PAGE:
Civil law (common law)


Civil law (common law)

Civil law, as opposed to criminal law, is the branch of law dealing with disputes between individuals or organizations, in which compensation may be awarded to the victim. For instance, if a car crash victim claims damages against the driver for loss or injury sustained in an accident, this will be a civil law case.[1]

The law relating to civil wrongs and quasi-contract is part of the civil law.[2]

In the common law, civil law is the area of laws and justice that affect the legal status of individuals. Civil law, in this sense, is usually referred to in comparison to criminal law, which is that body of law involving the state against individuals (including incorporated organizations) where the state relies on the power given it by statutory law. Civil law may also be compared to military law, administrative law and constitutional law (the laws governing the political and law making process), and international law. Where there are legal options for causes of action by individuals within any of these areas of law, it is thereby civil law.

Civil law courts provide a forum for deciding disputes involving torts (such as accidents, negligence, and libel), contract disputes, the probate of wills, trusts, property disputes, administrative law, commercial law, and any other private matters that involve private parties and organizations including government departments. An action by an individual (or legal equivalent) against the attorney general is a civil matter, but when the state, being represented by the prosecutor for the attorney general, or some other agent for the state, takes action against an individual (or legal equivalent including a government department), this is public law, not civil law.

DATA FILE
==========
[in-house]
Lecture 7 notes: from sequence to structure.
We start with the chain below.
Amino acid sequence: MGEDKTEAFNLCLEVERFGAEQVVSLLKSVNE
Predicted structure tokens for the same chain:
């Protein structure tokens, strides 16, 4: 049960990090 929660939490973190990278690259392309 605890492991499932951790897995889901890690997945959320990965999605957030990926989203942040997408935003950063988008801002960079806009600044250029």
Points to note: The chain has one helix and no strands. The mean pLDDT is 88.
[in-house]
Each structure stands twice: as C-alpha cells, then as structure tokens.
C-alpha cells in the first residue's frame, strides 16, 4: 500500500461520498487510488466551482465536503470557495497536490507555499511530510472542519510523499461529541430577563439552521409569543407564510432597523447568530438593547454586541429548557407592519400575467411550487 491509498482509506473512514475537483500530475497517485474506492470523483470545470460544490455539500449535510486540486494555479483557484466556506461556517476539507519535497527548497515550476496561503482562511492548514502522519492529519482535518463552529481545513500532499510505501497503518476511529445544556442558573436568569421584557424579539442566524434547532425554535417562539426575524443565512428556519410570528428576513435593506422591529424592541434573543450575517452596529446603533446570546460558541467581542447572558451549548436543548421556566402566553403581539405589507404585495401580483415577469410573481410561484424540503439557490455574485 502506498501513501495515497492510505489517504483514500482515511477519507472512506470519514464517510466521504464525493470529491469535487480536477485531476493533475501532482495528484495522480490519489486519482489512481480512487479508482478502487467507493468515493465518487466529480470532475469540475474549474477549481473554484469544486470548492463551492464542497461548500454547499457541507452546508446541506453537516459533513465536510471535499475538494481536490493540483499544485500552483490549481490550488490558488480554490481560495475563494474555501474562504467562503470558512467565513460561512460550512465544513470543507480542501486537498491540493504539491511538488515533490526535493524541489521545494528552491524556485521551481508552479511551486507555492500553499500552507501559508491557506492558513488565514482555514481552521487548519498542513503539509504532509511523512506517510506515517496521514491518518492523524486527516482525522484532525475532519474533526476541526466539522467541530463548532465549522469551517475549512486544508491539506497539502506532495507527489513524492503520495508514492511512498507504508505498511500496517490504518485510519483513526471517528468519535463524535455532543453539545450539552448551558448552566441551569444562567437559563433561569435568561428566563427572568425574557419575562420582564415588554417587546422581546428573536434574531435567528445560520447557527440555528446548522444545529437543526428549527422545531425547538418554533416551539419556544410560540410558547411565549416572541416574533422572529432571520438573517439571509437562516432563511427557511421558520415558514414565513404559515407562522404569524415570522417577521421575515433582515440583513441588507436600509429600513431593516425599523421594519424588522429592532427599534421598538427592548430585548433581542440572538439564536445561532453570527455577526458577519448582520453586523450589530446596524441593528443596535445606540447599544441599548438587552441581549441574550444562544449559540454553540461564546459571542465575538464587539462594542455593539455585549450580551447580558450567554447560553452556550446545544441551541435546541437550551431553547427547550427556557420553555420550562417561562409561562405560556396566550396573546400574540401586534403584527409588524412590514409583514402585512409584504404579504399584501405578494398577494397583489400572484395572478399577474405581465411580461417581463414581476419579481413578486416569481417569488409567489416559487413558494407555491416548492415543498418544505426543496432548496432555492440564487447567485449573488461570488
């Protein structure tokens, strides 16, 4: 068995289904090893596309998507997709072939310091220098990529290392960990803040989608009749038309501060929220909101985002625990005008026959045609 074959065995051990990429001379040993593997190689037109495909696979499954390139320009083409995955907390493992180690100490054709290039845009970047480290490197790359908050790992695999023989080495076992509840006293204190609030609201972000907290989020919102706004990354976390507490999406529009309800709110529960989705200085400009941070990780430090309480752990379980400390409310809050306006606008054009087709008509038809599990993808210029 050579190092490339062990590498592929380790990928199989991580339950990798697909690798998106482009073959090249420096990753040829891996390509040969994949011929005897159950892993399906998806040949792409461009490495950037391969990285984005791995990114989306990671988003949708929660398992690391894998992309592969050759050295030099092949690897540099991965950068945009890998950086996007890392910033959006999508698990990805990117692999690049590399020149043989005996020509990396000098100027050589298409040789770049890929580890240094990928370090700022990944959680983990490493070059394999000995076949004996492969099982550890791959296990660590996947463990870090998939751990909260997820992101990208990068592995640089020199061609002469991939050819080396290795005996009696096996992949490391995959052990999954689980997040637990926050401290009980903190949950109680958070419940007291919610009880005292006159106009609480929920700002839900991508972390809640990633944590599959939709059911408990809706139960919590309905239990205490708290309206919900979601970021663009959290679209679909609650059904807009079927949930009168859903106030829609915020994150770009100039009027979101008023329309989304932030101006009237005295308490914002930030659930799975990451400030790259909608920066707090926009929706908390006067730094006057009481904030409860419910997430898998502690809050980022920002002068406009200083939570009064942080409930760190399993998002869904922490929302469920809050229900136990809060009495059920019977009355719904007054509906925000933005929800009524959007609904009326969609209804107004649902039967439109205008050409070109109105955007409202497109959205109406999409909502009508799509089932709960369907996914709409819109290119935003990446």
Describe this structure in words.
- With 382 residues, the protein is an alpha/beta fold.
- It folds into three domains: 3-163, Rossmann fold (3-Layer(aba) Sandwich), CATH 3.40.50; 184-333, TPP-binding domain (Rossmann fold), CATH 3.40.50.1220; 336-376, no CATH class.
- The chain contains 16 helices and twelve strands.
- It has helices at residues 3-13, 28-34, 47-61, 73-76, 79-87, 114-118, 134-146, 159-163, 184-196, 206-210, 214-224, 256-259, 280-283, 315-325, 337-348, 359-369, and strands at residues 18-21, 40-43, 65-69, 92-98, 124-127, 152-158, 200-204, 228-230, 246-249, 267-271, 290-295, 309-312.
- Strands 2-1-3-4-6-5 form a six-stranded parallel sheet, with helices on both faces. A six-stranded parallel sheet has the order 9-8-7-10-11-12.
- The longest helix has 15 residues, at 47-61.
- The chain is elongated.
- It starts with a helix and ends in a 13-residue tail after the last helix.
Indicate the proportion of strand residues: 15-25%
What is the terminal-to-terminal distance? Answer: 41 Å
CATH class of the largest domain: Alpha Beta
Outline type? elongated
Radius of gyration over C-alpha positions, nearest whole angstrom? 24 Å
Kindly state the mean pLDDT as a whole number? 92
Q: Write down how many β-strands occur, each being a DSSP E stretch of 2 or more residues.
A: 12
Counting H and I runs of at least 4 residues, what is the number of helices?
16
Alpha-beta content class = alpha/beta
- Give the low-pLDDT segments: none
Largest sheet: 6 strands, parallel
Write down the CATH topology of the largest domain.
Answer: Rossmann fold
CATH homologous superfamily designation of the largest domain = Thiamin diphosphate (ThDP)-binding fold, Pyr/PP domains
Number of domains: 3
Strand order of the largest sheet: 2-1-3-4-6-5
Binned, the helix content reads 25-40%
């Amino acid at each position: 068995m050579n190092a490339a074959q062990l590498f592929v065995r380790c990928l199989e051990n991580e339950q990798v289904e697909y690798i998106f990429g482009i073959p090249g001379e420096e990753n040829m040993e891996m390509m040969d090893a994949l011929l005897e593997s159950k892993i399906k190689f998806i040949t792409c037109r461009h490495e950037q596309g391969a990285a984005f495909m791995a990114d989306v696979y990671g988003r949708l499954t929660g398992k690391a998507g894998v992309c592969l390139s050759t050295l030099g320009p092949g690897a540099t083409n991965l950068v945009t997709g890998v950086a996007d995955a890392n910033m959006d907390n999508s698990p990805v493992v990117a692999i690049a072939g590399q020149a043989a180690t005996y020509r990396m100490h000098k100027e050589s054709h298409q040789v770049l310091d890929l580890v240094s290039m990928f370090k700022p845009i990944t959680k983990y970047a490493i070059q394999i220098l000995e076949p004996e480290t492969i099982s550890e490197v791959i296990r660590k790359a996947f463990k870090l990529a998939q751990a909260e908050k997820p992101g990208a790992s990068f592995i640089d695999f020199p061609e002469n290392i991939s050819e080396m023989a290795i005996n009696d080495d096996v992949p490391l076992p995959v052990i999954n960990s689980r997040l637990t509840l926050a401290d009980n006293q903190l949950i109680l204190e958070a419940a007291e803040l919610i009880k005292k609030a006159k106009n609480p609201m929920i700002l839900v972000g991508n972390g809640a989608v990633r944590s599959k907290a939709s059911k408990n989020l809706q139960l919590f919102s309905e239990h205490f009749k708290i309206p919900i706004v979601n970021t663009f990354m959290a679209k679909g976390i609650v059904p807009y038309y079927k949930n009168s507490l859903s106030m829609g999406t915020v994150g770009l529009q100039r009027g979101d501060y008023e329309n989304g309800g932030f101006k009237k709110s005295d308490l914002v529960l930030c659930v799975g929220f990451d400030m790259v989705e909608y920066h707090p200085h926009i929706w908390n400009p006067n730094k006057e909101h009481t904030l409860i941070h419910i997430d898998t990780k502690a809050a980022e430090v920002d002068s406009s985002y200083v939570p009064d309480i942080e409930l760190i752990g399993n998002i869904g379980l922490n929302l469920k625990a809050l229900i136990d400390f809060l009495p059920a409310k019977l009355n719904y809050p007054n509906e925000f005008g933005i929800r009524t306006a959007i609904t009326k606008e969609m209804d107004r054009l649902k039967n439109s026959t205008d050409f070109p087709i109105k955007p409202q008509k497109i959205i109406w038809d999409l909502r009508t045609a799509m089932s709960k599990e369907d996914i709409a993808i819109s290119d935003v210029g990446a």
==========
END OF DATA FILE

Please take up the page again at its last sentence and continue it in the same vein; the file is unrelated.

The objectives of civil law are different from other types of law. In civil law there is the attempt to right a wrong, honor an agreement, or settle a dispute. If there is a victim, they get compensation, and the person who is the cause of the wrong pays, this being a civilized form of, or legal alternative to, revenge. If it is an equity matter, there is often a pie for division and it gets allocated by a process of civil law, possibly invoking the doctrines of equity. In public law the objective is usually deterrence, and retribution.

An action in criminal law does not necessarily preclude an action in civil law in common law countries, and may provide a mechanism for compensation to the victims of crime. Such a situation occurred when O.J. Simpson was ordered to pay damages for wrongful death after being acquitted of the criminal charge of murder.

Civil law in common law countries usually refers to both common law and the law of equity, which while now merged in administration, have different traditions, and have historically operated to different doctrines, although this dualism is increasingly being set aside so there is one coherent body of law rationalized around common principles of law.

Difference from criminal law

In many countries such as the USA and UK, criminal law has to prove that a party is guilty beyond a reasonable doubt when a case is sent to court. Civil law operates differently, as the UK standard is only to prove guilt on the basis of a balance of probability. In civil law cases, the "burden of proof" requires the plaintiff to convince the trier of fact (whether judge or jury) of the plaintiff's entitlement to the relief sought. This means that the plaintiff must prove each element of the claim, or cause of action, in order to recover.

See also

References

  1. ^ BBC Radio 1: One Life on Civil Law
  2. ^ Glanville Williams. Learning the Law. Eleventh Edition. Stevens. 1982. pp. 2 and 9 and 10

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